Setting Inline Object Offset Numerically

O.G. wrote:

You can move an anchored object vertically by clicking on it with the Selection tool and dragging it up or down, but nothing indicates by how many points it’s been moved from the baseline. Is that info shown somewhere? And is there a way to cancel the move later, i.e. to bring the object back to its original position on the baseline, without having to reimport it?

This problem has affected InDesign users for decades! (Well, maybe not that long.) Fortunately, you can see and adjust the value of an inline object’s vertical offset (how far up or down it’s been moved). You need to open Object > Anchored Objects > Options.

Here’s a text frame with an inline object that was dragged up a little:

inlineadj1

Here’s what you see when you open Anchored Object Options:

inlineadj2

To reset the position, you can change the Y Offset value back to zero. In fact, I strongly encourage people to create object styles for their anchored and inline objects. That way you can actually build the zero Y offset into the object style if you want. That way, if the object gets moved accidentally later, you can always click Clear Overrides in the Object Styles panel.

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Comments

9 Comments on “Setting Inline Object Offset Numerically

  1. That’s just peachy. But what if the initial Y Offset is not zero? Then it’s guessing time again, unless of course you set the inline object with an object style.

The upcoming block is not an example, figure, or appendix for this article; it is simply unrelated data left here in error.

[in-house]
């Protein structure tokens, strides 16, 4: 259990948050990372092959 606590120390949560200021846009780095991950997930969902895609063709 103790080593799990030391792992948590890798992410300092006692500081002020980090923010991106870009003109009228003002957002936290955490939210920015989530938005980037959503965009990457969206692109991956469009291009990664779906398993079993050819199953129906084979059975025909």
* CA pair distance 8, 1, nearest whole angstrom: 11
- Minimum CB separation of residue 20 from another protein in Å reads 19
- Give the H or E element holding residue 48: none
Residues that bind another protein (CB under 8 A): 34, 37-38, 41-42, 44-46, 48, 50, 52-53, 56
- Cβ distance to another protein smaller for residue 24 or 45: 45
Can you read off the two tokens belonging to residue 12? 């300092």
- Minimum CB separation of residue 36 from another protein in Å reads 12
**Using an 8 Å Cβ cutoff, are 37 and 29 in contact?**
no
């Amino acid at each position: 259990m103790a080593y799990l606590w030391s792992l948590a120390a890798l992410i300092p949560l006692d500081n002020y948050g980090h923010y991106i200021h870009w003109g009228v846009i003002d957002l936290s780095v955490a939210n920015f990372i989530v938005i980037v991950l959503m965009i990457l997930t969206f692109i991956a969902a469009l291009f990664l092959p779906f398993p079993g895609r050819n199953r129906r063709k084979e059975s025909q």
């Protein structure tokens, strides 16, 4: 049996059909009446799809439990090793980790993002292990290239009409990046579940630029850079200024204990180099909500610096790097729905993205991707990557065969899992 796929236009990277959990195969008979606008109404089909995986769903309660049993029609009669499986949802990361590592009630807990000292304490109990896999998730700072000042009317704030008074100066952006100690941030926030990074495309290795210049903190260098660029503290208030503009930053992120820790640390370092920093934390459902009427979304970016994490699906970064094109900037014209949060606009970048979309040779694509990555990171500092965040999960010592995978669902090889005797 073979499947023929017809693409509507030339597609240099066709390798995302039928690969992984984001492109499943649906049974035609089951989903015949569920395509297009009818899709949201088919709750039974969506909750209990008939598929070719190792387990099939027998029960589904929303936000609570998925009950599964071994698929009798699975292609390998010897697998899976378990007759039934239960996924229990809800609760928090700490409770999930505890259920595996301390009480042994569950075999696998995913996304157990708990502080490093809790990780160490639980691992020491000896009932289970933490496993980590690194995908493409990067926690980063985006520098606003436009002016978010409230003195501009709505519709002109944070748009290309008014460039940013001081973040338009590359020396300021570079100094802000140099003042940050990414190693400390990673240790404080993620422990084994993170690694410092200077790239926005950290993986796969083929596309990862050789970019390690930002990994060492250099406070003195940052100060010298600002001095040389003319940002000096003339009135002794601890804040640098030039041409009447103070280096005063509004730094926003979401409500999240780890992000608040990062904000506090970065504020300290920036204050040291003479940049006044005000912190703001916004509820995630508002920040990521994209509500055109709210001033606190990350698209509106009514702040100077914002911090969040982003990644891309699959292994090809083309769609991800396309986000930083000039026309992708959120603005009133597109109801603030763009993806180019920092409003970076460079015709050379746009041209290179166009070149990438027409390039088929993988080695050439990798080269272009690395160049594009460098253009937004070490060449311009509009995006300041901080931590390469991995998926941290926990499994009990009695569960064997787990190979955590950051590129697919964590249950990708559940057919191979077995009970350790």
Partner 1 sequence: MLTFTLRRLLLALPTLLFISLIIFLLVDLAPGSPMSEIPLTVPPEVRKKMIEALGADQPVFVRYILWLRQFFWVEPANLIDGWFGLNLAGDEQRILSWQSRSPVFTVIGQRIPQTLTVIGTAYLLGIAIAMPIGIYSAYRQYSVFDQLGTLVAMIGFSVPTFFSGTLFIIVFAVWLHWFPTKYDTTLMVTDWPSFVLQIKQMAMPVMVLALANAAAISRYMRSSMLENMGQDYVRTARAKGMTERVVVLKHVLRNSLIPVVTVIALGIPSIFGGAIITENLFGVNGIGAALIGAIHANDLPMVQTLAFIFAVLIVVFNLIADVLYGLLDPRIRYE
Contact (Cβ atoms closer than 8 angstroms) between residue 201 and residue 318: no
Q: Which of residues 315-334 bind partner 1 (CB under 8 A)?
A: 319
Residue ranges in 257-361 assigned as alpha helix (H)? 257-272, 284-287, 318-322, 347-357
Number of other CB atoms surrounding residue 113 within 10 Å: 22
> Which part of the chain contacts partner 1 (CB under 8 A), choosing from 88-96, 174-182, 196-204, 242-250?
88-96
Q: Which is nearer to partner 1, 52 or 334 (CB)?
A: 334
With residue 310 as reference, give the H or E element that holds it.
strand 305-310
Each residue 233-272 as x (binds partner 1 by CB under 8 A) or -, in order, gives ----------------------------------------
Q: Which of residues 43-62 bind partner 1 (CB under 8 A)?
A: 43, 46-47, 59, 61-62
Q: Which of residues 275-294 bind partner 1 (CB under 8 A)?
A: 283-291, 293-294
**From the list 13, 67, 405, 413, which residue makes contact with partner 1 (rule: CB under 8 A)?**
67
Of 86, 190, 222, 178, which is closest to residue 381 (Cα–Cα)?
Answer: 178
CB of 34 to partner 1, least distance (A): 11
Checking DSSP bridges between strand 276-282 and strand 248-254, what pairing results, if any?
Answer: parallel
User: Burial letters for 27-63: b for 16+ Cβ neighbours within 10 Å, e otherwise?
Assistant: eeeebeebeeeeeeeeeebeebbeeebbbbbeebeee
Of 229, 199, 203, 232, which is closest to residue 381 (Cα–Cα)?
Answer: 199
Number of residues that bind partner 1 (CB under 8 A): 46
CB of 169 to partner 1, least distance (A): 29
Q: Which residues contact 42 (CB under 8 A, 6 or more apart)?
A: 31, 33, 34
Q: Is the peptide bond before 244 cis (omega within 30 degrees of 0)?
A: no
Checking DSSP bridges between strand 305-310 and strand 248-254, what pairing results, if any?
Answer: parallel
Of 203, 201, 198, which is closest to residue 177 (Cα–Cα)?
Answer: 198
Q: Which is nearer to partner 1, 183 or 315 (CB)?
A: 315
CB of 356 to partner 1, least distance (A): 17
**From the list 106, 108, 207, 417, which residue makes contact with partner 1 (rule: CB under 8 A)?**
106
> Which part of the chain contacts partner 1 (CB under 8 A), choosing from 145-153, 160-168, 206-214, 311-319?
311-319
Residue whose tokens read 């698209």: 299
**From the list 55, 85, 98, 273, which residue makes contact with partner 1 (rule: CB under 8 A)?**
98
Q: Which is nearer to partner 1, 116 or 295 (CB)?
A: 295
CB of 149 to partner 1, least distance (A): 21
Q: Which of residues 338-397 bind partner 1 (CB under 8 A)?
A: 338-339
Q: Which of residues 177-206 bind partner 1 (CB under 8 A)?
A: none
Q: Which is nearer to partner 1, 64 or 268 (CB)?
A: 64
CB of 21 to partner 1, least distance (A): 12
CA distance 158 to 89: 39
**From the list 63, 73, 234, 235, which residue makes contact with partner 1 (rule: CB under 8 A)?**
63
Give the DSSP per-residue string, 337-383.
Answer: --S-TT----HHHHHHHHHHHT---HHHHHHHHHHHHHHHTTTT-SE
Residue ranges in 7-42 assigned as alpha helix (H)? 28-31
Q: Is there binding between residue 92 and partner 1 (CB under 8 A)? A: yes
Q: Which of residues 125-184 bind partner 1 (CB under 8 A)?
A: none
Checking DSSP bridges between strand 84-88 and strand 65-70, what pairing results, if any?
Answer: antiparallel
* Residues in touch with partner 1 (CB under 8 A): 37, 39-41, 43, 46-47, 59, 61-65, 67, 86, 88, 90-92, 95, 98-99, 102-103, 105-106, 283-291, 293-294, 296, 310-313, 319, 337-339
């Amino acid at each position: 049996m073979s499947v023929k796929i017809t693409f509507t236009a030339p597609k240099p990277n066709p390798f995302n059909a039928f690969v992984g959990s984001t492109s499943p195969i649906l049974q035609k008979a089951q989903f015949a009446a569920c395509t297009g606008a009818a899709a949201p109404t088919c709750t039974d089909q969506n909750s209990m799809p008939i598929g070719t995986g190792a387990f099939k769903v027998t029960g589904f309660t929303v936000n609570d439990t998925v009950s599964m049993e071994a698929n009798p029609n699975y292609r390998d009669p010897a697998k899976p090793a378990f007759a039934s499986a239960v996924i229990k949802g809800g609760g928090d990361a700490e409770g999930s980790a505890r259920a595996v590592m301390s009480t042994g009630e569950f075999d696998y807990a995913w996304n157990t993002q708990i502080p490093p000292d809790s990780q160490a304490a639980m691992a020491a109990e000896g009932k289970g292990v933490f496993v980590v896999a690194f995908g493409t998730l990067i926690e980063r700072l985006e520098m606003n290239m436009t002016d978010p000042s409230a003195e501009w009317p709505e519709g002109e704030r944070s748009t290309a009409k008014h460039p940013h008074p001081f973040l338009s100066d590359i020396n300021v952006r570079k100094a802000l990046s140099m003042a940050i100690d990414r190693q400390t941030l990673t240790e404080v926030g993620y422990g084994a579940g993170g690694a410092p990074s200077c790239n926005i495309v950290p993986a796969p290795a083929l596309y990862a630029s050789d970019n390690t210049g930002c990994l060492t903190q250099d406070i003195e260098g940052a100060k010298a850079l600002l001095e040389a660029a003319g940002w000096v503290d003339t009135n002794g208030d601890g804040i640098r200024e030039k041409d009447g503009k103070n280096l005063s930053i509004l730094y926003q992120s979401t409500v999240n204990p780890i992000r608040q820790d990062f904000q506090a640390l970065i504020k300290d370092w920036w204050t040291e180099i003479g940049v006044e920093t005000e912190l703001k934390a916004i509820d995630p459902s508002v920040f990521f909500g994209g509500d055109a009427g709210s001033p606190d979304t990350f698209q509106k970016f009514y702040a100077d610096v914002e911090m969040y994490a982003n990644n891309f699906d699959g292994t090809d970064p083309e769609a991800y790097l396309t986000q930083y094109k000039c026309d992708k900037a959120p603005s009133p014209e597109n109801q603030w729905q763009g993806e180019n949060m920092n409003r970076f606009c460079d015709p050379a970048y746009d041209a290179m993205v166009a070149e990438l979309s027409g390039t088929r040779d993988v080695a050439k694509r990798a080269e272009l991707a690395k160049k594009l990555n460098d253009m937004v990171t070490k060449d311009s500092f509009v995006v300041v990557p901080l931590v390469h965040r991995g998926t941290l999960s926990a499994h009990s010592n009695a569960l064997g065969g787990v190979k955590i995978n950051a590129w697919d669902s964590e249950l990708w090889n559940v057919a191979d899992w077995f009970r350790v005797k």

2. Andrew,

    What are you talking about? If it’s not zero, then it is some other number that tells you where it is relative to its baseline. Either set it to zero and see where zero is, or do a little bit of arithmetic.

    It is far better to have a number to hang on the vertical offset than to lack it, as we did before anchored objects.

    Dave

  3. I am a total advocate of anchored objects! They move with the text, etc. etc.

    What I was trying to say is that not all anchored objects will have a Y Offset of zero, at least not all object I have worked with. From the post I got the impression that setting the Y Offset to zero was the only way to “cancel the move later” and put it “back” where it was originally located.

    So “If” my anchored object is not positioned at a Y Offset of zero to start with and I have moved the object, I cannot just go set the Y Offset to zero and have it placed correctly. And unless you have an object style, or some other note somewhere, that contains this information even an anchored object is not easily/speedily put back to its original position, without measuring and arithmetic

    Did that help clarify what I was meaning to say, or did I just confuse myself more?

  4. Andrew, yes, that makes sense. Right, only object styles let you go back to what it was “originally” (that is, back to where you intended it to go).

  5. Ah, now I understand better the point you were making. I’ve long used inlines way back before there was any UI to tell you how much they’d been pulled off their original baseline. So, what we have now is heaven compared to that.

    Dave

  6. I treat it as if it is text. I highlight it, apply a baseline shift, then create a character style, then ‘nest’ that character style into my paragraph style. It seems to work (for my needs, anyway). I feel like I’m making it too simple, though. Thoughts from the pros?

  7. How do you make an anchored object part of your style? I have a directory of names with pictures above their name, and I would like to have a new anchored object placeholder inserted whenever I add a new name. Can this be done?

  8. Frequently I want to change x off set from particular size to another size. For instance every time I want to change x and y off set from 10 pica to 25 pica. In another article from 15 pica to 5 pica. Any script for changing the x and y offset from one value to another value. Pls help me for avoiding the manual work.

    by jai.

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